What's needed? Many things, but let me enumerate only a few here.
The starting point for this proposal is the needs of the students who attend our community colleges. They need to be put in touch with their cultural identity and their past, but they also need to develop their thinking and writing skills at a level commensurate to where they are in formal education now. Ideally, it would be good if they could do this in multi-disciplinary approach. Somehow they must do all this under the supervision of teachers who may not have had much experience in Micronesia. Even if the teachers have the experience, they often don't have many research materials on local topics.
While students are studying a course in, say, island history, they could be asked to engage in a research project on a specific site or village or event. They could also work on biographies of various island individuals, making use of their interviews with these subjects for the final work. Their research might be principally done by gathering oral accounts from different informants on the topic, perhaps after seeking written sources on this same topic. This would, by the end of the semester, result in a "paper" on the topic that would be posted on the internet-perhaps on the cc's own homesite with links to other agencies.
Another example proposed by Liz Rechebei is the value of trees for the environment. Students in one college, working with their science and English teachers, could undertake a research/writing project on the beneficial effects of trees in the prevention of erosion, reduction of direct heat and ultraviolet rays, and the overall improvement of the atmosphere. As the students from this college build up a store of materials (and questions) on the topic, they could begin to involve the students at another community college. They could exchange via internet materials and ideas on the project. Eventually their projects would culminate in papers at the two colleges, which could then be published on the website alongside each other.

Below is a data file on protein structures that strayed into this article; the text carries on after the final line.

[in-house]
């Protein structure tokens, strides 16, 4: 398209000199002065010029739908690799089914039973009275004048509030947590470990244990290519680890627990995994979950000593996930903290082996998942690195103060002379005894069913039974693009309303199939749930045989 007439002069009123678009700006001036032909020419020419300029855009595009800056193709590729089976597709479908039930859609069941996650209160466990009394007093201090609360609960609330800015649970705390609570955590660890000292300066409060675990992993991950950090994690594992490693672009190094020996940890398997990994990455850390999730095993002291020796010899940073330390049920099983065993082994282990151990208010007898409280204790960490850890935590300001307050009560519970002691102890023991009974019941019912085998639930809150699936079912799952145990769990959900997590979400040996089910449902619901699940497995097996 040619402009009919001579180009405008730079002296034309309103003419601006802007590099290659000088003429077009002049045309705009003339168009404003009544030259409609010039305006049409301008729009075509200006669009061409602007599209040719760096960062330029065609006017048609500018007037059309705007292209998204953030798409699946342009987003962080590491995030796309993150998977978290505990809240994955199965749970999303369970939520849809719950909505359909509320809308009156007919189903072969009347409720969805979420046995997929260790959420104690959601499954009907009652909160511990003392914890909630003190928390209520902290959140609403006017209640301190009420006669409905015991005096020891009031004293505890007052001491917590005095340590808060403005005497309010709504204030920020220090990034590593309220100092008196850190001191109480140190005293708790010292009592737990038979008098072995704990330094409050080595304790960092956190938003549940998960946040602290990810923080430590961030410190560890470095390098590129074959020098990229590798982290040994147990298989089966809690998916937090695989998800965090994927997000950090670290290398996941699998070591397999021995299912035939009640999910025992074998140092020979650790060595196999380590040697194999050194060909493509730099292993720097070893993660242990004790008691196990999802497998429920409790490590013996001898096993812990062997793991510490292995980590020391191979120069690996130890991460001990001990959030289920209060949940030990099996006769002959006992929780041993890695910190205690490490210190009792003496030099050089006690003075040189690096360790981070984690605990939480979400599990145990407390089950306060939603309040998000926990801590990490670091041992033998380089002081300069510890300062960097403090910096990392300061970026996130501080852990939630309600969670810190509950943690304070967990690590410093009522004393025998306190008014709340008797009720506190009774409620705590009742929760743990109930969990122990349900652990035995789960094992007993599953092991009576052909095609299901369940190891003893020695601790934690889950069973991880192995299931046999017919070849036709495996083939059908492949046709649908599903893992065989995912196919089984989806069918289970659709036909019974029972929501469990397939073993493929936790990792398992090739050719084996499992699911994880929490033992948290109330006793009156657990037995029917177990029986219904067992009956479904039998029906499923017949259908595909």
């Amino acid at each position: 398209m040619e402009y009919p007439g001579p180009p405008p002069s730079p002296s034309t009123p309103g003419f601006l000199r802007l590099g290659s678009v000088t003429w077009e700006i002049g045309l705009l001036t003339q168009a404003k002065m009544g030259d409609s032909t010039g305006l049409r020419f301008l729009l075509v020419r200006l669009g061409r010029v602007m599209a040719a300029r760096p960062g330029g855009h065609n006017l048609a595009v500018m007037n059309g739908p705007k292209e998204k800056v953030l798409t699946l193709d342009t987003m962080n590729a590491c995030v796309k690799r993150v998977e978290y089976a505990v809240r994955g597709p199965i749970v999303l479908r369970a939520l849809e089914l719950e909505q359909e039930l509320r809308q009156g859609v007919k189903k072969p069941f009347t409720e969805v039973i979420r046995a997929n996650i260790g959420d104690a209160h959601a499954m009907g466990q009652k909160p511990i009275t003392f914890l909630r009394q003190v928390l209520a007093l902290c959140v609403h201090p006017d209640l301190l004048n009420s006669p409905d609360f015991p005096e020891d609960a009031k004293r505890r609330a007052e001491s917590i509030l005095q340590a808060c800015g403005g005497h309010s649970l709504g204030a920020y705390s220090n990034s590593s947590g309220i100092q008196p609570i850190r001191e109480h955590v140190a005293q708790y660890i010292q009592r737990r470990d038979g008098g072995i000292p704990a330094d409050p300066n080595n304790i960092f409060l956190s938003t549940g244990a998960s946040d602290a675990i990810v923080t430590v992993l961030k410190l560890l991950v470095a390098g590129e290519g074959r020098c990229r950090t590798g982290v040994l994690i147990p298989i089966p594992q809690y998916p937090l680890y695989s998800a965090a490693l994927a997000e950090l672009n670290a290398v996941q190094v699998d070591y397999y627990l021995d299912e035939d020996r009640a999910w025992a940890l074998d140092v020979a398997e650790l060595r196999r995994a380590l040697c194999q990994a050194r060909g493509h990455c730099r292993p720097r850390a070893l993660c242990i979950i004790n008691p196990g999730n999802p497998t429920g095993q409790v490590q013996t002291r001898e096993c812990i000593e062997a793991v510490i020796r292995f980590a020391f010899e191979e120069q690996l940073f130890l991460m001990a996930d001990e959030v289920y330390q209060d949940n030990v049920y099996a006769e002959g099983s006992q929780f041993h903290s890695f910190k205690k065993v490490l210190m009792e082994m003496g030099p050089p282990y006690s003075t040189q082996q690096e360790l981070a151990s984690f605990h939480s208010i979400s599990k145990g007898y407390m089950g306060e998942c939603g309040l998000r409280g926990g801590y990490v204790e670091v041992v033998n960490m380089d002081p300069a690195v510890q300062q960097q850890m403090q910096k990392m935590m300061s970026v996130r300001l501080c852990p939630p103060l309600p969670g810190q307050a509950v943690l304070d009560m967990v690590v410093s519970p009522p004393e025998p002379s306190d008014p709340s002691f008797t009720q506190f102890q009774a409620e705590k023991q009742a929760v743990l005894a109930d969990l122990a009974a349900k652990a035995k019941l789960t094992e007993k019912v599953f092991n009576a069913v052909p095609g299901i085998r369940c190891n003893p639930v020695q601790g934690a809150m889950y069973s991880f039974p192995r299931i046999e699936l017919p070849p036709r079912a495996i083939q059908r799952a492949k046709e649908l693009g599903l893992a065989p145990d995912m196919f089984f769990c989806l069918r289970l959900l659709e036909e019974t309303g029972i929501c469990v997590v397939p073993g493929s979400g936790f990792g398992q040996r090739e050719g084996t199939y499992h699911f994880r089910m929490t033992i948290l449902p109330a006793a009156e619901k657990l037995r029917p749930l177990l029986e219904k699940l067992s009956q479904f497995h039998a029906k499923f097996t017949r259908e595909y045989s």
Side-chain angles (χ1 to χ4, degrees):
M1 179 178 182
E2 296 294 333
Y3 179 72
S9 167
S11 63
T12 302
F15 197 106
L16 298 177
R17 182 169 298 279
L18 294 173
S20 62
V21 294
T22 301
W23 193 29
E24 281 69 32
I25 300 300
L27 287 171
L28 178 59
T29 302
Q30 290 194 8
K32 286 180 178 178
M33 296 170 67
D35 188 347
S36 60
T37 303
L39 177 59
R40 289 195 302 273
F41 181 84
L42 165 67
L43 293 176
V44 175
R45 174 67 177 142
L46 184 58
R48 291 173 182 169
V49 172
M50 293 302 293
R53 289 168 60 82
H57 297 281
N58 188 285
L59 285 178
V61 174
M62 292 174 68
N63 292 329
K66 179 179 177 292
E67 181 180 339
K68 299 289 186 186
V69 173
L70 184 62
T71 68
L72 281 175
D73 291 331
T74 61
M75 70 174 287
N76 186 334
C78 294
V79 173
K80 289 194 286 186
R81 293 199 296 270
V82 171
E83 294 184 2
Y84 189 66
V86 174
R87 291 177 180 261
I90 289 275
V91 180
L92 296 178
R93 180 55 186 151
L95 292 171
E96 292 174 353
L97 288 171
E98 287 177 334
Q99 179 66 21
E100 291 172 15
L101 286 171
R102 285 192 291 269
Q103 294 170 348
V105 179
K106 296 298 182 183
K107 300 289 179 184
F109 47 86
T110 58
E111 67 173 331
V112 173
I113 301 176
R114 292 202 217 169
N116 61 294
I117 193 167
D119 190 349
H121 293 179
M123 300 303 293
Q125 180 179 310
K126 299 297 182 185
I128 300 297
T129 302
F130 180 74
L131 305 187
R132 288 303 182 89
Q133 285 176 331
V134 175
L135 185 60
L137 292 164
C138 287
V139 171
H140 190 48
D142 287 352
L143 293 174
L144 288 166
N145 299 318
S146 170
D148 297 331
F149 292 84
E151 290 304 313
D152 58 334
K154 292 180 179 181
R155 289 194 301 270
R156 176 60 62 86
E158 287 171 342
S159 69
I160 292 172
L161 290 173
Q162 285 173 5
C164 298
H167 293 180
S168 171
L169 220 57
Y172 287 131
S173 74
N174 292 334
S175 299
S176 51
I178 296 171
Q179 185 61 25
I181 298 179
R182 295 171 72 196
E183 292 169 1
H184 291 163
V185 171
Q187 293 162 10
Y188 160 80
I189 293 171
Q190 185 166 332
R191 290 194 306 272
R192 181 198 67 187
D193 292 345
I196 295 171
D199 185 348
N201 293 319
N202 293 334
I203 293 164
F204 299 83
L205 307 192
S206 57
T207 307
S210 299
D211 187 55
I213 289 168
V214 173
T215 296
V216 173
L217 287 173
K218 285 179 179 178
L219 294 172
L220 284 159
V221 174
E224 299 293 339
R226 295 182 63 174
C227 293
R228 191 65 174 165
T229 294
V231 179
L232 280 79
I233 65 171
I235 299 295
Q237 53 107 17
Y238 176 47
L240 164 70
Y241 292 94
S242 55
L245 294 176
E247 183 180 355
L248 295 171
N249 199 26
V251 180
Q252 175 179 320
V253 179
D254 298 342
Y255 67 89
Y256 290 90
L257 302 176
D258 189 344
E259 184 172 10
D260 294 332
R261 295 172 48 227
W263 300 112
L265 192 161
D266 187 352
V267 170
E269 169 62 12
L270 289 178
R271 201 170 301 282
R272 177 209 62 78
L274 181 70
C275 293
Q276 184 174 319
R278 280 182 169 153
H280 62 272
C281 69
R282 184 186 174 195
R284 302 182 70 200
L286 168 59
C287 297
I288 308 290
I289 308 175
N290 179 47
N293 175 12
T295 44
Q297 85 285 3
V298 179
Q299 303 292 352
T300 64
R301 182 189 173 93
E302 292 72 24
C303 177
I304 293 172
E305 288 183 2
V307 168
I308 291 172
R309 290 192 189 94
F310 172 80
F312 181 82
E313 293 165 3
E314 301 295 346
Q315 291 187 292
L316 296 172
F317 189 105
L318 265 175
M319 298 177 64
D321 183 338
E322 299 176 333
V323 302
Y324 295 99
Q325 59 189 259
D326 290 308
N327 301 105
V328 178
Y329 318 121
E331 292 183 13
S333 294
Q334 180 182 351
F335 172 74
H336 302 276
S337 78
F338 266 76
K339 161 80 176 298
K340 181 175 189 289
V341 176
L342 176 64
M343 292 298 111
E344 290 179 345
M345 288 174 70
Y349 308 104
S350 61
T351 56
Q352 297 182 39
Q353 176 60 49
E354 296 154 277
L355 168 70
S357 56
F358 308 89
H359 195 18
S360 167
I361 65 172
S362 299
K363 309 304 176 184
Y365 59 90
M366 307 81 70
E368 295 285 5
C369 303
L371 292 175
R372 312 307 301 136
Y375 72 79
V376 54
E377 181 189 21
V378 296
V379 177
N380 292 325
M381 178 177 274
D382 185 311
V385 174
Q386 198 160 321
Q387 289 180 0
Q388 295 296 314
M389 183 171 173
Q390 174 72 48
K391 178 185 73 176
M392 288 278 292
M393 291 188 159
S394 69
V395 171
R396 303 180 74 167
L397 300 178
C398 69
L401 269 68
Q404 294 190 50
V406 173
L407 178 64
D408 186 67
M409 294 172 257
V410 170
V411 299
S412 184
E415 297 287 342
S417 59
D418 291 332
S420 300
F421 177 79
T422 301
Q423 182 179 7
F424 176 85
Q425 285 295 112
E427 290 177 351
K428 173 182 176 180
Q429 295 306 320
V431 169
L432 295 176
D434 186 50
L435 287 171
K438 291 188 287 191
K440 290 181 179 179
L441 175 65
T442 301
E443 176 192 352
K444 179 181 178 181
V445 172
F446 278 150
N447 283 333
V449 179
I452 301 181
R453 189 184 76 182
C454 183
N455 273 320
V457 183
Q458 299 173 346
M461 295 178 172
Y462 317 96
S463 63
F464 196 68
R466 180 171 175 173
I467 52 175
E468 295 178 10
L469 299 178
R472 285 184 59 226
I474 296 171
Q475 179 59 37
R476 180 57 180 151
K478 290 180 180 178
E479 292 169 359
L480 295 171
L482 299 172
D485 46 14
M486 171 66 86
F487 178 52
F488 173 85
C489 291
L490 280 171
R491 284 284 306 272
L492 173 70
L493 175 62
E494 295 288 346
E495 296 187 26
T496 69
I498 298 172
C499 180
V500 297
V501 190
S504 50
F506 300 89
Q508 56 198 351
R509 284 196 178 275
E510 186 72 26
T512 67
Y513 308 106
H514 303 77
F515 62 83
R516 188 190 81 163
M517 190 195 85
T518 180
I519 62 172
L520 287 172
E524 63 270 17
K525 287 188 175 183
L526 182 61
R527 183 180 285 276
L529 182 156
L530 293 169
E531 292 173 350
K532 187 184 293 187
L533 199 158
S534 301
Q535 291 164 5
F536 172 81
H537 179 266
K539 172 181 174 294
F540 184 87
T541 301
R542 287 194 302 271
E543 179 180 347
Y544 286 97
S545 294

The colleges might want to post the papers themselves. Alternatively, MicSem could post these projects, perhaps also sponsor the forum discussion that was needed to gather input on these projects. It could interface with the other colleges in doing the same. Possibly some common projects could be worked on by students in the different community colleges. In another approach, the projects could be stitched together like a quilt to produce a monograph that might be published in a cheap desktop fashion after enough work was done on the project. Occasionally, this approach should result in publication (with some illustrations), even on a small scale.